The Ethic of Care: a moral compass for Canadian nursing practice


Author(s): Kathleen Stephany and Piotr Majkowski

Pp: 131-144 (14)

DOI: 10.2174/978160805304911201010131

* (Excluding Mailing and Handling)


The current discussion demonstrates how technological utility sometimes interferes with the moral sense of care and what to do about it. Caring as technology is viewed as the meaning of caring in relationship to technology. The virtual community, machines that support life, computers and robotics are included in this definition. It is pointed out that in modern health practices the nurturing aspects of caring for the ill or aged is increasingly viewed by some institutional bodies as less important than other more mechanistic aspects of service. Modern advances of science have also somewhat blurred the boundaries of when life begins and when it ends. When it comes to caring for premature babies, what was portrayed as most disturbing for nurses is the overuse of technology to try and save a life that cannot be saved. Another example of carrying out treatment that is destined to fail occurs when we use invasive procedures to save a life when death is imminent, like performing cardio-pulmonary resuscitation (CPR) on someone suffering from the end stages of a terminal diagnosis. No matter how many technological advances are developed, the challenge to the profession of nursing is not to lose its caring capacity. At the end of the chapter mindful listening is taught as a means for nurses to refocus mental energy back onto their clients. A narrative based on a real life case is shared by a distraught family member who felt left in the dark about the imminent death of her loved one.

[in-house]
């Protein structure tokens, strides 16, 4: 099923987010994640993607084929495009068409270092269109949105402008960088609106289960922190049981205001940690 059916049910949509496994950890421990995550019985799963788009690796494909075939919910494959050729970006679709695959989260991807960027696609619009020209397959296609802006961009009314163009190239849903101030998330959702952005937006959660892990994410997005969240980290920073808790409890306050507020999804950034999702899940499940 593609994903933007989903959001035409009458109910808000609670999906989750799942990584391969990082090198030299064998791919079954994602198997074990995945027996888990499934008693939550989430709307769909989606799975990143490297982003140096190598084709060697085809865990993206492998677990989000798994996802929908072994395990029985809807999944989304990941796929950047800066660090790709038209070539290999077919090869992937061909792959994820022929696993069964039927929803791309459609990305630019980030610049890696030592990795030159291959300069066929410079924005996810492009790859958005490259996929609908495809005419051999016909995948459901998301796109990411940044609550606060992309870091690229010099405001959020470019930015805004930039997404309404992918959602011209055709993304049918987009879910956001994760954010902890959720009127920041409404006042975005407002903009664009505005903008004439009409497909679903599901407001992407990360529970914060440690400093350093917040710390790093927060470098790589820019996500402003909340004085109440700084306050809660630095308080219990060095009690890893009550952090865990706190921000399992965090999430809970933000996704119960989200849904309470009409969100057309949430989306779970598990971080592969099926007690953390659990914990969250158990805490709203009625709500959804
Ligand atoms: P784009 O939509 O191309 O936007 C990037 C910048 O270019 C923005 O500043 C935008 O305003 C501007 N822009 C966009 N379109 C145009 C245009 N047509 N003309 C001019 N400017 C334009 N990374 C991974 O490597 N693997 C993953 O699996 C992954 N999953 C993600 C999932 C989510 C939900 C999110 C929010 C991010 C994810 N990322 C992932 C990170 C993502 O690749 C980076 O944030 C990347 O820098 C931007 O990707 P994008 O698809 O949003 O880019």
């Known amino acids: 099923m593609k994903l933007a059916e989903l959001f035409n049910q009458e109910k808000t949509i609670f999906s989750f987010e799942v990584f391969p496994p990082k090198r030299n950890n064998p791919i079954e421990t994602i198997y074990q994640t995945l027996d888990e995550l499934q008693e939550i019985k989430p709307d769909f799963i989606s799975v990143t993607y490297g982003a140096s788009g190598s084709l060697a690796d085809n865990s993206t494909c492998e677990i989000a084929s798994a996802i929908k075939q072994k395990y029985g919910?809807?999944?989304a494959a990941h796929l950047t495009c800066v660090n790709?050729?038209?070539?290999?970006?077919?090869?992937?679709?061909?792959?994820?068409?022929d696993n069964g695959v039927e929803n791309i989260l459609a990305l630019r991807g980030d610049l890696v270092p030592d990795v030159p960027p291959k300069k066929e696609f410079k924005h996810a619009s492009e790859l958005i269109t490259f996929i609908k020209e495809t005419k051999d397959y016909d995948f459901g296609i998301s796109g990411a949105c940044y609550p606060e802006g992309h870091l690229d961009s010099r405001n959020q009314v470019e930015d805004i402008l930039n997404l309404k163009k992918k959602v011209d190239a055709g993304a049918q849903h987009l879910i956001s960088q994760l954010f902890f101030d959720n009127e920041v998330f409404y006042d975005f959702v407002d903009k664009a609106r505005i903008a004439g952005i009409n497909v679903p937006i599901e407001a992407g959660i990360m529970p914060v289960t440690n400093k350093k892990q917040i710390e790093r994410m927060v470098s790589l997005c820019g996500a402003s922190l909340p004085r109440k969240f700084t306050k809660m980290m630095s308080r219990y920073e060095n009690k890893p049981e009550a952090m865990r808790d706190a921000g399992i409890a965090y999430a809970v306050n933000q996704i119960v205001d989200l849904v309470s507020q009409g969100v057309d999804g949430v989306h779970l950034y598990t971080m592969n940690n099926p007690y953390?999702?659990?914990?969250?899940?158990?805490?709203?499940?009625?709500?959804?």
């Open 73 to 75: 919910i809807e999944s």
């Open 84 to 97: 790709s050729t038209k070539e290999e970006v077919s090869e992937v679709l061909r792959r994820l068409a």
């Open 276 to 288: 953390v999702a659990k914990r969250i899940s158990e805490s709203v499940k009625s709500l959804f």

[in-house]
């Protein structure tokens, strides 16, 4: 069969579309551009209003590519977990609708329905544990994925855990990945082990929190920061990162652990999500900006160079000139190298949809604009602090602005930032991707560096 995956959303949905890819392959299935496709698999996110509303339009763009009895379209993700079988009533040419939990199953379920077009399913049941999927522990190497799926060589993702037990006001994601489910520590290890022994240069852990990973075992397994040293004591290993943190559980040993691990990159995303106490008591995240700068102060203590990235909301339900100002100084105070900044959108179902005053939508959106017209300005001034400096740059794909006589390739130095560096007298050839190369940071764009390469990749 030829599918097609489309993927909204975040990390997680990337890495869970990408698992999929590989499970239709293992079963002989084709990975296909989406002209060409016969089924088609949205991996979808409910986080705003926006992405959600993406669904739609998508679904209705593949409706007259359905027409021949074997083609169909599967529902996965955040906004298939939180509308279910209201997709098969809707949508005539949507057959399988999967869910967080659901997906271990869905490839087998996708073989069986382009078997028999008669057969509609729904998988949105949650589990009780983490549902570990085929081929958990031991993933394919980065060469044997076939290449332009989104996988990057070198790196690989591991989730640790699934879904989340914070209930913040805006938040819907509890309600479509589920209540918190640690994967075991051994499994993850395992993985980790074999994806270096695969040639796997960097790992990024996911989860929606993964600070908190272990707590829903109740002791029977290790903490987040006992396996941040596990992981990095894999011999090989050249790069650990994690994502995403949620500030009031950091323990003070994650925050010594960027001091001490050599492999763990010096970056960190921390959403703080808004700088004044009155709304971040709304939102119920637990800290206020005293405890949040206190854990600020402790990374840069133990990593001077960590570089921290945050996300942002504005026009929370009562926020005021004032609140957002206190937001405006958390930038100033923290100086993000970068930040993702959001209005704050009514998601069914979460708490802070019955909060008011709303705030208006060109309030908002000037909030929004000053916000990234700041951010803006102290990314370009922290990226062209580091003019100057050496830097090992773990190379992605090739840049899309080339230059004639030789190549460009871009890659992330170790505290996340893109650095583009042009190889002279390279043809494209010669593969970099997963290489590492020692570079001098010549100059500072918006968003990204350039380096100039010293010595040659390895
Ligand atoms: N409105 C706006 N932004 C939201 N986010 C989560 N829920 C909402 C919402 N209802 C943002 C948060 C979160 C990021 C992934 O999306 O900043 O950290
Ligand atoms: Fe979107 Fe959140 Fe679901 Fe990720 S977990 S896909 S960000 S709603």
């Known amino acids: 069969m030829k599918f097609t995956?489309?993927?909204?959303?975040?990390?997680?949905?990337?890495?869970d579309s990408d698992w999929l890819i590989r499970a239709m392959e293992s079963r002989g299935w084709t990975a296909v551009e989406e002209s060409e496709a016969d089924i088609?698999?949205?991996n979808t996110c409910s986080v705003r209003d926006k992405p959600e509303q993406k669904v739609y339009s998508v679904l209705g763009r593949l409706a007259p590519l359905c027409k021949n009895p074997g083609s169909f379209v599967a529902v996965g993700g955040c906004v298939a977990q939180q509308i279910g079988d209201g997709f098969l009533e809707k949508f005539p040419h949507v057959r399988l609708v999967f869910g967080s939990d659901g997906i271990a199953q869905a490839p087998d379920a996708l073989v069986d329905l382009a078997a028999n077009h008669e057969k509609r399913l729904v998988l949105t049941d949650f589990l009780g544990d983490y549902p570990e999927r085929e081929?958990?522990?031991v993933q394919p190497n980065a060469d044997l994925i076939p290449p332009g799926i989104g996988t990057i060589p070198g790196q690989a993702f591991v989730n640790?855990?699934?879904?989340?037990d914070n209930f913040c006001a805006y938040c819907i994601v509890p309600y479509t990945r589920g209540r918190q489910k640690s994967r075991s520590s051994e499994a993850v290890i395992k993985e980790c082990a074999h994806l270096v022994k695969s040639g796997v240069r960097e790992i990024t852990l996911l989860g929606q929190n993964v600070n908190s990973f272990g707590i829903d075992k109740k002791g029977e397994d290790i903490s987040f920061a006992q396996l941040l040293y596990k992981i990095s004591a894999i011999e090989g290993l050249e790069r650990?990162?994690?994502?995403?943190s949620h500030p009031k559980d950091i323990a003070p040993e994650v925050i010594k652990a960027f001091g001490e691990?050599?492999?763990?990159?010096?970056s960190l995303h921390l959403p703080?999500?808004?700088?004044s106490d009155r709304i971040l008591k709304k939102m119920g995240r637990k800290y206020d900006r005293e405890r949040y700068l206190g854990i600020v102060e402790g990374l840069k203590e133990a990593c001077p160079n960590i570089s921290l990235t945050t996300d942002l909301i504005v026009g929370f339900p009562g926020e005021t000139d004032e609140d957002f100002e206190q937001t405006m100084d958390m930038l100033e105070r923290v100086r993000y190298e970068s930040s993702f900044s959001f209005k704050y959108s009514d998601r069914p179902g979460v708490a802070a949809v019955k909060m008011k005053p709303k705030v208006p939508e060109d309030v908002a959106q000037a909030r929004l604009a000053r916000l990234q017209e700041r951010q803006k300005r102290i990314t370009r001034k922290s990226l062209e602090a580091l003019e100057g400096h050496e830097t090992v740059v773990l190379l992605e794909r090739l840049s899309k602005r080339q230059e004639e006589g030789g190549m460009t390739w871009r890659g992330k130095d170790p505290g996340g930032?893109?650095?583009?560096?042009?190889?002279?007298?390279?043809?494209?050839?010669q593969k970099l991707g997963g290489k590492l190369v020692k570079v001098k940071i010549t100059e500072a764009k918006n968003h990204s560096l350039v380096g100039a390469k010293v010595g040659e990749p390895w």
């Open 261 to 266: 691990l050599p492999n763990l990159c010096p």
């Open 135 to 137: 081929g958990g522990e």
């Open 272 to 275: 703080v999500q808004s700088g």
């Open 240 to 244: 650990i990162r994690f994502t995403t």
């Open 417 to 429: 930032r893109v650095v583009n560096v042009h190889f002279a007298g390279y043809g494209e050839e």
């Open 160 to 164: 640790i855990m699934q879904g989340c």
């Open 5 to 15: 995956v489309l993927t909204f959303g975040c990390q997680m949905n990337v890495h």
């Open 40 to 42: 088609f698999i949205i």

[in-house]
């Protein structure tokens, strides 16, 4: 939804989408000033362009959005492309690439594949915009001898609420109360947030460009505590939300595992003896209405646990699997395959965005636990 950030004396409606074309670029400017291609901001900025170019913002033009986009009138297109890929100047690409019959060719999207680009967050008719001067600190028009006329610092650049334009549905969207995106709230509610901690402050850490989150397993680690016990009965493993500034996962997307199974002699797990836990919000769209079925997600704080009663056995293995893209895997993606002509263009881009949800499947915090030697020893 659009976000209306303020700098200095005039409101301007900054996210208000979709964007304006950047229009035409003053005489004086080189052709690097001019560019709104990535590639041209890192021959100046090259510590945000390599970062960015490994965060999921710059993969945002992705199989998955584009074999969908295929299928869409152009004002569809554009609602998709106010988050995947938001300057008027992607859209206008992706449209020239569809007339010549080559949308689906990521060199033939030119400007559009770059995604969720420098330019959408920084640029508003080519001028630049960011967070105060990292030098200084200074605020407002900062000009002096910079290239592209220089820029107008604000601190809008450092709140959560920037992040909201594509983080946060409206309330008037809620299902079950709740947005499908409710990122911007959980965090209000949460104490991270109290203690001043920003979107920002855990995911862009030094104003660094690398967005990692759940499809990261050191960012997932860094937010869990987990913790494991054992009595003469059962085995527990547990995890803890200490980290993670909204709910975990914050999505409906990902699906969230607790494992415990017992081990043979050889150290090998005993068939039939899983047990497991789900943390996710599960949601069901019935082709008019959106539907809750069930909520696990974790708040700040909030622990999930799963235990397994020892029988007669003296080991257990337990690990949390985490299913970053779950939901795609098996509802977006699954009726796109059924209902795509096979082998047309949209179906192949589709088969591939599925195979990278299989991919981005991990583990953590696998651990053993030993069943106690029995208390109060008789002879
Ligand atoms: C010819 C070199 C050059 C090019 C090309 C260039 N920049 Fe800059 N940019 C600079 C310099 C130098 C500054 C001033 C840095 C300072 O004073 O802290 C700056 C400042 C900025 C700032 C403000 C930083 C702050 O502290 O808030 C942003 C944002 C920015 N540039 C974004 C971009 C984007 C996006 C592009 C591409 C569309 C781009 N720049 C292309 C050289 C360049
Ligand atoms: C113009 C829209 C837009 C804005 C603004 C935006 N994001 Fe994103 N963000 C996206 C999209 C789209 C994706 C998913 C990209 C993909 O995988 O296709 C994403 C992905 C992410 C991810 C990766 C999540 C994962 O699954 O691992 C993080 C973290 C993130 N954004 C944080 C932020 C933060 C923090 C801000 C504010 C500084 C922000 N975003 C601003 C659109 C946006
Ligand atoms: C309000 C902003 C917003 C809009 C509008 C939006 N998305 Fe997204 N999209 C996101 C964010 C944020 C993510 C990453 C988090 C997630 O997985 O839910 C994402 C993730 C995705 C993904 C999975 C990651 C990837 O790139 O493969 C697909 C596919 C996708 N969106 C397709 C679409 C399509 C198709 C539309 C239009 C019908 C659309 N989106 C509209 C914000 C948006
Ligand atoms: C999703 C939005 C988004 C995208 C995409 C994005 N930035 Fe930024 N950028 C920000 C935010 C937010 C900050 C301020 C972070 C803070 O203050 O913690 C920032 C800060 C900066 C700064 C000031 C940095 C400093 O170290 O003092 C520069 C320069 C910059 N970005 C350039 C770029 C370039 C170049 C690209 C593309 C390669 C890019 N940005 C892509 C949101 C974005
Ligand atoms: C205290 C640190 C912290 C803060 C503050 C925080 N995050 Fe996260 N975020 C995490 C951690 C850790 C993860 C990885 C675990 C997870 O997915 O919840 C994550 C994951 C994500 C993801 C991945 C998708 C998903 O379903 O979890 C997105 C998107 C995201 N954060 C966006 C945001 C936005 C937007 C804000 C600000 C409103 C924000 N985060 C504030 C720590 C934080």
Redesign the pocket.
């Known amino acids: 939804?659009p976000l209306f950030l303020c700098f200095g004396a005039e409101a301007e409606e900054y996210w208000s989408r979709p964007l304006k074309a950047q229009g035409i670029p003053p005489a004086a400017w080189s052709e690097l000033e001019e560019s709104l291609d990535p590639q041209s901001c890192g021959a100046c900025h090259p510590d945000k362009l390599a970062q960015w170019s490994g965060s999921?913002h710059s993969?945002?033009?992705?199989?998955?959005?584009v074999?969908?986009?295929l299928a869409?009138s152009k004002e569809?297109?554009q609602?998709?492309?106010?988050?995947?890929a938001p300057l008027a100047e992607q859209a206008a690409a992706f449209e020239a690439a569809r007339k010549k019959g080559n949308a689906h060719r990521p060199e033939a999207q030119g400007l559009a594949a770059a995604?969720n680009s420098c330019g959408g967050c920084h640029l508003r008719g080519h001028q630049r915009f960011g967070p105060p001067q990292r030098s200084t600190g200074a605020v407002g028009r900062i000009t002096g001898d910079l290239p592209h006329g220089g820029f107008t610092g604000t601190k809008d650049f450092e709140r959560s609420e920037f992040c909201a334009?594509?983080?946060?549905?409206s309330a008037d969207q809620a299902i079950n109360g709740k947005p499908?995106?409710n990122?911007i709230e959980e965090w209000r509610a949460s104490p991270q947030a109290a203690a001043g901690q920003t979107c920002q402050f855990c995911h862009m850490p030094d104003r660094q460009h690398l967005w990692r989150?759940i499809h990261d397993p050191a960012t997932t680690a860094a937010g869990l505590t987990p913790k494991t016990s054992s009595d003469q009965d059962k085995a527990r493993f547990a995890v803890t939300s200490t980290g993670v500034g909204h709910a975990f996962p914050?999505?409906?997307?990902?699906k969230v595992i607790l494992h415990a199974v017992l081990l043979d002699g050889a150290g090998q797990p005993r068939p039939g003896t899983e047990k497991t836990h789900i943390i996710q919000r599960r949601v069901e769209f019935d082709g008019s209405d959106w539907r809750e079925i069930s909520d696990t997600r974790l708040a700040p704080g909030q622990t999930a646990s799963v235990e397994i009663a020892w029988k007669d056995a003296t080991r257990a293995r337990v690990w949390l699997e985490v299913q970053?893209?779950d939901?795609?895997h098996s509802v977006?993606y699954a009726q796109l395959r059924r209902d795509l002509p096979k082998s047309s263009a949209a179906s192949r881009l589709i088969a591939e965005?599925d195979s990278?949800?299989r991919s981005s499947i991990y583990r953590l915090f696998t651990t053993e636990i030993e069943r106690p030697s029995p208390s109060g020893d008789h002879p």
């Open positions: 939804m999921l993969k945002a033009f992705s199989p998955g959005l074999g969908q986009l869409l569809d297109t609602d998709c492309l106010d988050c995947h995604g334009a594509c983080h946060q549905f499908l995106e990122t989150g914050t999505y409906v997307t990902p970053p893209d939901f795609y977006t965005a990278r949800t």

Keywords: Palliative Care, Futility, Morbidity, Mortality, Mindful listening, Therapeutic touch

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